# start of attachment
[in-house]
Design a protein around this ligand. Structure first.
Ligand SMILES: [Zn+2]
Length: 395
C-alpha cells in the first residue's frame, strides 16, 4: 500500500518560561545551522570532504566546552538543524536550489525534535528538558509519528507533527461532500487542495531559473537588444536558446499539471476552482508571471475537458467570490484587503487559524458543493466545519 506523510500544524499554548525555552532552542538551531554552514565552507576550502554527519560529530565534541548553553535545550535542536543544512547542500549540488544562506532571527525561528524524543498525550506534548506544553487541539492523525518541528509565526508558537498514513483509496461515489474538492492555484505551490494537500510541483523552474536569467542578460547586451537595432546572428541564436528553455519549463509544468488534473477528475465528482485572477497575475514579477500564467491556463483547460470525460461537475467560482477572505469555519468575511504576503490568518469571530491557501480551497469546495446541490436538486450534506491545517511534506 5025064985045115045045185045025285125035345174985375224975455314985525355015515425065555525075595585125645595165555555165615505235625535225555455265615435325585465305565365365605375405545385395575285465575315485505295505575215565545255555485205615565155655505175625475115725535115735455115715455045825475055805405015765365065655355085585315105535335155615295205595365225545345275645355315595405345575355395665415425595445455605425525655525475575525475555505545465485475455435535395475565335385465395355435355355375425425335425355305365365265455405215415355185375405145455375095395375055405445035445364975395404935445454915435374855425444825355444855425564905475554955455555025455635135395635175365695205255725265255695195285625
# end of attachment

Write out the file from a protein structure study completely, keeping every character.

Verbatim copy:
[in-house]
Design a protein around this ligand. Structure first.
Ligand SMILES: [Zn+2]
Length: 395
C-alpha cells in the first residue's frame, strides 16, 4: 500500500518560561545551522570532504566546552538543524536550489525534535528538558509519528507533527461532500487542495531559473537588444536558446499539471476552482508571471475537458467570490484587503487559524458543493466545519 506523510500544524499554548525555552532552542538551531554552514565552507576550502554527519560529530565534541548553553535545550535542536543544512547542500549540488544562506532571527525561528524524543498525550506534548506544553487541539492523525518541528509565526508558537498514513483509496461515489474538492492555484505551490494537500510541483523552474536569467542578460547586451537595432546572428541564436528553455519549463509544468488534473477528475465528482485572477497575475514579477500564467491556463483547460470525460461537475467560482477572505469555519468575511504576503490568518469571530491557501480551497469546495446541490436538486450534506491545517511534506 5025064985045115045045185045025285125035345174985375224975455314985525355015515425065555525075595585125645595165555555165615505235625535225555455265615435325585465305565365365605375405545385395575285465575315485505295505575215565545255555485205615565155655505175625475115725535115735455115715455045825475055805405015765365065655355085585315105535335155615295205595365225545345275645355315595405345575355395665415425595445455605425525655525475575525475555505545465485475455435535395475565335385465395355435355355375425425335425355305365365265455405215415355185375405145455375095395375055405445035445364975395404935445454915435374855425444825355444855425564905475554955455555025455635135395635175365695205255725265255695195285625